From the Recommendations for Further Reading column by Timothy Taylor in the Journal of Economic Perspectives fall issue. I eagerly look forward to this regular feature, which was started by the late Bernie Saffran, the beloved Swarthmore economics professor. My economics blogging began in large part as an attempt to mimic this column.
Chari responds...A useful aphorism in macroeconomics is: 'If you have an interesting and coherent story to tell, you can tell it in a DSGE model. If you cannot, your story is incoherent.'
If you need proof that DSGE models are to understanding the economy what the lamp post is to the drunk with the lost watch, read the main articles in the fall JEP. Bob Hall, who sometimes has a clue, fails badly. Next comes Michael Woodford, who is one of the prime examples of a lamp-post looker. Finally, we get Lee Ohanian, who deserves a few points for expressing humility.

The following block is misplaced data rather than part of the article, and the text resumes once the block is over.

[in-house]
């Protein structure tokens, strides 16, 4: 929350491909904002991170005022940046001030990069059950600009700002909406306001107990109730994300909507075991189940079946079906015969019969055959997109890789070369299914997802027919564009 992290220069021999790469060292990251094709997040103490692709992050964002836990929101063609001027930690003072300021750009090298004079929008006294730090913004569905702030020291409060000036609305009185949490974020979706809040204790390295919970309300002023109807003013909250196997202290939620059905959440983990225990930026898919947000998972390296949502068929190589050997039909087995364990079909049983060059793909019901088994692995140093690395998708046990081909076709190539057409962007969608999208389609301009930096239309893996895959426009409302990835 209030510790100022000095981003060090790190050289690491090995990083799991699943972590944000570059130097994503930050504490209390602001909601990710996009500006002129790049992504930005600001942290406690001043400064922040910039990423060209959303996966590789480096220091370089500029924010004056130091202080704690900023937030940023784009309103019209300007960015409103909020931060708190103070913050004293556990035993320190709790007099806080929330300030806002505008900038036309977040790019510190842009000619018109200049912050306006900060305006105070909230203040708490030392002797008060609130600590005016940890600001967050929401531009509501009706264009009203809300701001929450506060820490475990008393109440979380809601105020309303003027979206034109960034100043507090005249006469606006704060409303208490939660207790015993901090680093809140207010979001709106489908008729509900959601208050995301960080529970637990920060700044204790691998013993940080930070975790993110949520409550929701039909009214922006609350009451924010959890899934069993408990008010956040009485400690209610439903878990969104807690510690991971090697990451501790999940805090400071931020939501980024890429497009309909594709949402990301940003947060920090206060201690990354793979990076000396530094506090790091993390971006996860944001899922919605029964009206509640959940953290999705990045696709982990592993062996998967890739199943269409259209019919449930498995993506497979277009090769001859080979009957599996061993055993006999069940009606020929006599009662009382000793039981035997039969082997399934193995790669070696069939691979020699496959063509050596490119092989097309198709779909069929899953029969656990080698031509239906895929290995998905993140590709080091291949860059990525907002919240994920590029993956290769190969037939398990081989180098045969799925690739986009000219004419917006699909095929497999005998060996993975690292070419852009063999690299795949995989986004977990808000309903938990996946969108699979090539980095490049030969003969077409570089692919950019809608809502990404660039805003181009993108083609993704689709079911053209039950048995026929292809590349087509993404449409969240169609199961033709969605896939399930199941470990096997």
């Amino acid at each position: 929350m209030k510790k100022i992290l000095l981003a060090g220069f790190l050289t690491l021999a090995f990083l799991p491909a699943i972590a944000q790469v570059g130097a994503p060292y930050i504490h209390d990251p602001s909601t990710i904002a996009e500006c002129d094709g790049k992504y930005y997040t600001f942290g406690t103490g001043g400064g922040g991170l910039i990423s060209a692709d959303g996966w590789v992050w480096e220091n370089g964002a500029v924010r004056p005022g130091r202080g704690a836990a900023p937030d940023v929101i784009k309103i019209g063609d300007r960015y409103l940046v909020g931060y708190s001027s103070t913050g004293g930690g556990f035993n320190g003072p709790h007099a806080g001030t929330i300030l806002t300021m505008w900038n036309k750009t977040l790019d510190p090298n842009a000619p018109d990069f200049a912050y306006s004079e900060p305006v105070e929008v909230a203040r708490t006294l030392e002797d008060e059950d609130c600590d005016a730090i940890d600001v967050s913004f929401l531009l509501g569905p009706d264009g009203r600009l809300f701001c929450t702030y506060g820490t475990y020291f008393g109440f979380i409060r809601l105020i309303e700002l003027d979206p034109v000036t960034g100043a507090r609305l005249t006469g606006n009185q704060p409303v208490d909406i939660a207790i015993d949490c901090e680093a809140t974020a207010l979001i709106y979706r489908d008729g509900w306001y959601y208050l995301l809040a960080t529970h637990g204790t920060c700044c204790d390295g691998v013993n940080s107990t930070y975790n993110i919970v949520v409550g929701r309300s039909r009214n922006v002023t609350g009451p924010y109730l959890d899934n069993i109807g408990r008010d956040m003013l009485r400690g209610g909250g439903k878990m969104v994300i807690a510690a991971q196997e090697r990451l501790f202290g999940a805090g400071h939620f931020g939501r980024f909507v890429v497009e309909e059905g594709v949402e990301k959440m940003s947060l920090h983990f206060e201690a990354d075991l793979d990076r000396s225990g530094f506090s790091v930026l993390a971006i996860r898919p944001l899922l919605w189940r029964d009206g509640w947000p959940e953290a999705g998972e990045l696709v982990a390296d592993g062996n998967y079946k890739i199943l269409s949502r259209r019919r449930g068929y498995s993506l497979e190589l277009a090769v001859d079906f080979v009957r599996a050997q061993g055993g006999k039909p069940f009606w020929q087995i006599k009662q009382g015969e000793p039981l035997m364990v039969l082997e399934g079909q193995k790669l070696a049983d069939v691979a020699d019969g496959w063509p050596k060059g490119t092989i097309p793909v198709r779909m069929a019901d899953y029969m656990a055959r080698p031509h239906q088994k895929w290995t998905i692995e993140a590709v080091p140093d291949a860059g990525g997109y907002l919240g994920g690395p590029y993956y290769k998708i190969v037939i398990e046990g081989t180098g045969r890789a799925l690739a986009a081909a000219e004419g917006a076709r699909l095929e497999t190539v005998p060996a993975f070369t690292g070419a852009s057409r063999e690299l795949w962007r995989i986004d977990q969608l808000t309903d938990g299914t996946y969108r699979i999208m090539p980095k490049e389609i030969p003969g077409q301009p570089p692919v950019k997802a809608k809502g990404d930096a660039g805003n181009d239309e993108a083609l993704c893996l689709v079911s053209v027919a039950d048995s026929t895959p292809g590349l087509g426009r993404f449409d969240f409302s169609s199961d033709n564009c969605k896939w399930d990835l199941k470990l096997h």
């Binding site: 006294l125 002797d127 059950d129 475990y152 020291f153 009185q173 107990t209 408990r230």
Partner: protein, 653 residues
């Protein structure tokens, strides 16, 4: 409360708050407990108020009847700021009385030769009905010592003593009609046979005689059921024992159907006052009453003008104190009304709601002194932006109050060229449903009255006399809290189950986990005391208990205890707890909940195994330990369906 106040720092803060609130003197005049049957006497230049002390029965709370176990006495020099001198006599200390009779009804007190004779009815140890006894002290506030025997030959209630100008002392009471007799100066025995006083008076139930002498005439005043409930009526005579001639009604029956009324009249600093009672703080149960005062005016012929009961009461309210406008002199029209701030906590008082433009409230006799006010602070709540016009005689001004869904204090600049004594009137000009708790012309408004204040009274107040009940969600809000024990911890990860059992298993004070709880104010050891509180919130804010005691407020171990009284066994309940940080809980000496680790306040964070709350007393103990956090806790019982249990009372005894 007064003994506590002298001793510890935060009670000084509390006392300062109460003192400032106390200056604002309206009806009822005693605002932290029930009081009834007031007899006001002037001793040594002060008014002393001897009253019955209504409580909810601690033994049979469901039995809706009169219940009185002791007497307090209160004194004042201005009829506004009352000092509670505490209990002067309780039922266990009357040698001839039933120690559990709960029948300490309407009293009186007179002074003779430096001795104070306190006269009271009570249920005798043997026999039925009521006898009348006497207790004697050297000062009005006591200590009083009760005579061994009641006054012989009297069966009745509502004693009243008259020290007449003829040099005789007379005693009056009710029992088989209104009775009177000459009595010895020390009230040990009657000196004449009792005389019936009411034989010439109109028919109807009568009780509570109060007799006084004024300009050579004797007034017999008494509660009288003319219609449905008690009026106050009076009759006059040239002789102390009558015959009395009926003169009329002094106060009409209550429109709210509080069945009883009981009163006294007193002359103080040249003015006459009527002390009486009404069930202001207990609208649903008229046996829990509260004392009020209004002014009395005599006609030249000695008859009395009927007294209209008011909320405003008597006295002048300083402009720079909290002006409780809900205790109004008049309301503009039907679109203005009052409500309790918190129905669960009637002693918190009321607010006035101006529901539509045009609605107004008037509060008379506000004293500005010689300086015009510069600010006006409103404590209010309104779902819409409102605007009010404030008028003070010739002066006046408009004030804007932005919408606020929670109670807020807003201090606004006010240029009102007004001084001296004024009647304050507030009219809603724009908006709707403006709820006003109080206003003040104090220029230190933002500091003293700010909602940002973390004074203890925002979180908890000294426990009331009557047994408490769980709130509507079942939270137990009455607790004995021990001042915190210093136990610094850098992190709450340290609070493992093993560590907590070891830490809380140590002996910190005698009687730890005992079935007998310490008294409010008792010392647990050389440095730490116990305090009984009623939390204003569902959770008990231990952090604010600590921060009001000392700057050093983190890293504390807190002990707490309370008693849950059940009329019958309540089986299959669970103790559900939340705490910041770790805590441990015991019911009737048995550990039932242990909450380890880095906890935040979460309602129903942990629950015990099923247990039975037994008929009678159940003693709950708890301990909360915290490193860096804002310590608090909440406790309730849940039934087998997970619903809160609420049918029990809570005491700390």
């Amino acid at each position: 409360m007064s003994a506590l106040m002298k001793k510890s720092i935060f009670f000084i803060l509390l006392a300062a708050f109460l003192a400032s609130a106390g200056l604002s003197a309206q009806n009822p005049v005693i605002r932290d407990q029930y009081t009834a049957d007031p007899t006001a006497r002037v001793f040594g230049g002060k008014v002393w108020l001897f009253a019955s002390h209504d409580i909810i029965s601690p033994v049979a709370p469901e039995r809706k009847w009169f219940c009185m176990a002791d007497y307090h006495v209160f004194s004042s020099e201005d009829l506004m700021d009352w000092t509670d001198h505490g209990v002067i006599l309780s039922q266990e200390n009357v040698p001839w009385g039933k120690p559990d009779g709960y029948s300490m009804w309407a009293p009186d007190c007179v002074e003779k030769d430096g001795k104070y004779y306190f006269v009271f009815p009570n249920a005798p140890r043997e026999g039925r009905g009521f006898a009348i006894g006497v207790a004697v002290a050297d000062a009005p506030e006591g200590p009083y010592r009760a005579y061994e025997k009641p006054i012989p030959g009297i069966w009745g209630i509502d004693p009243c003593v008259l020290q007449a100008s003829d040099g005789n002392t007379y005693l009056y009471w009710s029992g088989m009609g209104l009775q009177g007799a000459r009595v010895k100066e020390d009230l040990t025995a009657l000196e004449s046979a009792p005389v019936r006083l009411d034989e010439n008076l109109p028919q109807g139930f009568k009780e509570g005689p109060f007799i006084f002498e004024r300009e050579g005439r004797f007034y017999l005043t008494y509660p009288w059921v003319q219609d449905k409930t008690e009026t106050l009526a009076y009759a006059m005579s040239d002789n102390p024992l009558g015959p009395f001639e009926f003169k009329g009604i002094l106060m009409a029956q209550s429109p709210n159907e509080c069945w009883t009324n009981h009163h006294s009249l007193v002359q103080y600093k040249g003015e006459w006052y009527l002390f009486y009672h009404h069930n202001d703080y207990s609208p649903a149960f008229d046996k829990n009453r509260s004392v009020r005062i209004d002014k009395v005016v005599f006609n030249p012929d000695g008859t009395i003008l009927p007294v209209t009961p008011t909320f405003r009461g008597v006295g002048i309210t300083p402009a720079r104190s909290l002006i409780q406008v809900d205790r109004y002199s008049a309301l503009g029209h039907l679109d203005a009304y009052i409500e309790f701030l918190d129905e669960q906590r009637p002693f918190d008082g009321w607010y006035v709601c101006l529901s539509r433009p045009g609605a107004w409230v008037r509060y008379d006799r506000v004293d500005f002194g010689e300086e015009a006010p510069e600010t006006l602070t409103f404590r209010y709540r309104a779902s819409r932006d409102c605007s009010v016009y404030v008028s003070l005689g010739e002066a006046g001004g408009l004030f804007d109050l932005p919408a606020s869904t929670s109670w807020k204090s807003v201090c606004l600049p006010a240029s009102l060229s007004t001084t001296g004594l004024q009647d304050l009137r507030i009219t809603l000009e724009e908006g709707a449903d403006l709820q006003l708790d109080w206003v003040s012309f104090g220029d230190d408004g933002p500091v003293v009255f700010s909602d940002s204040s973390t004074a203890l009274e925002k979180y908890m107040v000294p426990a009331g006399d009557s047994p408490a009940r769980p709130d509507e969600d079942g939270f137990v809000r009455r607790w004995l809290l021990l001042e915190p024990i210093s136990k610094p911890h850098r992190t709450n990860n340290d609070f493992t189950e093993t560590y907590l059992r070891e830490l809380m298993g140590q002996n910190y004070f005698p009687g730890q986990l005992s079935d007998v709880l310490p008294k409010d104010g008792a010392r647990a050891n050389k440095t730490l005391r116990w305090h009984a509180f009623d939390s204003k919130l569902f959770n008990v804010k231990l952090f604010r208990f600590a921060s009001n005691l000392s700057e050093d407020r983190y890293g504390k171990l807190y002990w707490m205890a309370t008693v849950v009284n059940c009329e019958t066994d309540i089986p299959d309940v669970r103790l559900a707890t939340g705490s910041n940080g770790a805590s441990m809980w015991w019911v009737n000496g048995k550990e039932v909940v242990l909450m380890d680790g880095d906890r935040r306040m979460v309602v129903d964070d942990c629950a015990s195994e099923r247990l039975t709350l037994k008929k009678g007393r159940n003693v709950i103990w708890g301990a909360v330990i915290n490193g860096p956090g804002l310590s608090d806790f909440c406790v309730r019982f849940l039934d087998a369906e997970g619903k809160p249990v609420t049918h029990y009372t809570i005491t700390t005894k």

One empirical observation that runs through these articles is that the spread between Baa corporates and treasuries (a measure of financial distress) came back down in 2009, but unemployment remained high. However, Ohanian is the only one who makes a big deal out of it. I, too, would make a big deal out of it, although I do not buy into Ohanian's attempt at broader empirical analysis.
I would love to see Scott Sumner's response to this (from Ohanian):
the Depression was indeed "Great" before any of the monetary contraction or banking crises...occurred.
Please, Scott, I hope you aren't going to tell me that the answer is rational expectations.